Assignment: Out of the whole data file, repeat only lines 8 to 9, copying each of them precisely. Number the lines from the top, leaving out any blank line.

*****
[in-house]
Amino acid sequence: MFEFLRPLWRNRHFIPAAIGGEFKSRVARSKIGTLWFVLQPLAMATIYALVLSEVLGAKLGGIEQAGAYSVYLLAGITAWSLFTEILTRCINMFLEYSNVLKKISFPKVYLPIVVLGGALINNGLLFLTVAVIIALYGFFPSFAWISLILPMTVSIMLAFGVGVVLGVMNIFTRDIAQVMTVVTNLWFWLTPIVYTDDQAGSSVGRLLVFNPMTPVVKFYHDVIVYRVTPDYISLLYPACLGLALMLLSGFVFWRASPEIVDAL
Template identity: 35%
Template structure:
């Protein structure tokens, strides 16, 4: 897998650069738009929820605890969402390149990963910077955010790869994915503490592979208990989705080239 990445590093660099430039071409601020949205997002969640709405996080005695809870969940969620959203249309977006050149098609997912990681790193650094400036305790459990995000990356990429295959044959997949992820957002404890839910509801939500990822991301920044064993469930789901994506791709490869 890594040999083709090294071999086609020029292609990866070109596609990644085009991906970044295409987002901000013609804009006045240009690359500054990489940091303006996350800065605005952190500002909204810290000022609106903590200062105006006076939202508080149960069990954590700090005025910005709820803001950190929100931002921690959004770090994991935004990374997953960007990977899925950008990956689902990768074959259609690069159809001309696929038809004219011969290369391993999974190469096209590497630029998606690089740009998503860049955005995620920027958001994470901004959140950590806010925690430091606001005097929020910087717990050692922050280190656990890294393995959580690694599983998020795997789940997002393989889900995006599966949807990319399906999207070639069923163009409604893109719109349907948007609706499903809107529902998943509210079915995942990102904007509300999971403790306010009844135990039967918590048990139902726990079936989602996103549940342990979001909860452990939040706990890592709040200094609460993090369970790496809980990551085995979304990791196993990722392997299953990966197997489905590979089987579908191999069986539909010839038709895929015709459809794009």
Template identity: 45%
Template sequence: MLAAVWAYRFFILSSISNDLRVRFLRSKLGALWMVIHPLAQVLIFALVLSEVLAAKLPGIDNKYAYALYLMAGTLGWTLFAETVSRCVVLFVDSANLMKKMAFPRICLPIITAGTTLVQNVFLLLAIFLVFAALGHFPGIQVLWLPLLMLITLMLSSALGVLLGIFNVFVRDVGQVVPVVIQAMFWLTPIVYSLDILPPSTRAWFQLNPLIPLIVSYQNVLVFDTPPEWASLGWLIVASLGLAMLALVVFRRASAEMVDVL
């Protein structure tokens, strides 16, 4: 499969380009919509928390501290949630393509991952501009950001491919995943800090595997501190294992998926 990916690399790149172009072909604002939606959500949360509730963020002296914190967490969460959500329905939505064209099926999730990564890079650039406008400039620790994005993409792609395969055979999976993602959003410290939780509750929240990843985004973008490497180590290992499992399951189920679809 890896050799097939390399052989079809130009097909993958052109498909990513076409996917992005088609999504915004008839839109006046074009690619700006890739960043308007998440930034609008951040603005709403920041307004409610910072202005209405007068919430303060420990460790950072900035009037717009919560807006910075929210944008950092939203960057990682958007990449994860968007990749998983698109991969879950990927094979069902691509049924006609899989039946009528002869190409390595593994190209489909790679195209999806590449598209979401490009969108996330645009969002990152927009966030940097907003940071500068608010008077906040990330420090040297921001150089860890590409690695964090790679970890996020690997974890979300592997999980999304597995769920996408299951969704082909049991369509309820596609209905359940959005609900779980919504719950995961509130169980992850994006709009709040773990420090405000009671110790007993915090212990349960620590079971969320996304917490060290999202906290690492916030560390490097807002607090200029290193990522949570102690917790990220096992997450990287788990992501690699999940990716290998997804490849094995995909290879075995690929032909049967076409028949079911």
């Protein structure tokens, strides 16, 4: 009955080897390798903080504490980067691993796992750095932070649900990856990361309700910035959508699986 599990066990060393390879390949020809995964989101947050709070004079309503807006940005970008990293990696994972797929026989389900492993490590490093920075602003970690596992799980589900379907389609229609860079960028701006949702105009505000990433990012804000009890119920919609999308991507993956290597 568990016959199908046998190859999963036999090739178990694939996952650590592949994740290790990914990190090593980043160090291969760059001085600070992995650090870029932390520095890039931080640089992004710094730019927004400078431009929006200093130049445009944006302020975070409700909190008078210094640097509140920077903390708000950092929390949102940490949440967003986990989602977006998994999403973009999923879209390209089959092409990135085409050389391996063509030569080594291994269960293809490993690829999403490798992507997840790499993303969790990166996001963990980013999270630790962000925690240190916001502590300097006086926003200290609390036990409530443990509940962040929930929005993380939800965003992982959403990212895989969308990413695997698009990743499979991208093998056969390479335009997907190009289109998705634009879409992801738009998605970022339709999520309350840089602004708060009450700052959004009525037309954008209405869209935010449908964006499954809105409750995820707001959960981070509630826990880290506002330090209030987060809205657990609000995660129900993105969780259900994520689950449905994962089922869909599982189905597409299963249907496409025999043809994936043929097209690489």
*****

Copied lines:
């Protein structure tokens, strides 16, 4: 499969380009919509928390501290949630393509991952501009950001491919995943800090595997501190294992998926 990916690399790149172009072909604002939606959500949360509730963020002296914190967490969460959500329905939505064209099926999730990564890079650039406008400039620790994005993409792609395969055979999976993602959003410290939780509750929240990843985004973008490497180590290992499992399951189920679809 890896050799097939390399052989079809130009097909993958052109498909990513076409996917992005088609999504915004008839839109006046074009690619700006890739960043308007998440930034609008951040603005709403920041307004409610910072202005209405007068919430303060420990460790950072900035009037717009919560807006910075929210944008950092939203960057990682958007990449994860968007990749998983698109991969879950990927094979069902691509049924006609899989039946009528002869190409390595593994190209489909790679195209999806590449598209979401490009969108996330645009969002990152927009966030940097907003940071500068608010008077906040990330420090040297921001150089860890590409690695964090790679970890996020690997974890979300592997999980999304597995769920996408299951969704082909049991369509309820596609209905359940959005609900779980919504719950995961509130169980992850994006709009709040773990420090405000009671110790007993915090212990349960620590079971969320996304917490060290999202906290690492916030560390490097807002607090200029290193990522949570102690917790990220096992997450990287788990992501690699999940990716290998997804490849094995995909290879075995690929032909049967076409028949079911």
């Protein structure tokens, strides 16, 4: 009955080897390798903080504490980067691993796992750095932070649900990856990361309700910035959508699986 599990066990060393390879390949020809995964989101947050709070004079309503807006940005970008990293990696994972797929026989389900492993490590490093920075602003970690596992799980589900379907389609229609860079960028701006949702105009505000990433990012804000009890119920919609999308991507993956290597 568990016959199908046998190859999963036999090739178990694939996952650590592949994740290790990914990190090593980043160090291969760059001085600070992995650090870029932390520095890039931080640089992004710094730019927004400078431009929006200093130049445009944006302020975070409700909190008078210094640097509140920077903390708000950092929390949102940490949440967003986990989602977006998994999403973009999923879209390209089959092409990135085409050389391996063509030569080594291994269960293809490993690829999403490798992507997840790499993303969790990166996001963990980013999270630790962000925690240190916001502590300097006086926003200290609390036990409530443990509940962040929930929005993380939800965003992982959403990212895989969308990413695997698009990743499979991208093998056969390479335009997907190009289109998705634009879409992801738009998605970022339709999520309350840089602004708060009450700052959004009525037309954008209405869209935010449908964006499954809105409750995820707001959960981070509630826990880290506002330090209030987060809205657990609000995660129900993105969780259900994520689950449905994962089922869909599982189905597409299963249907496409025999043809994936043929097209690489």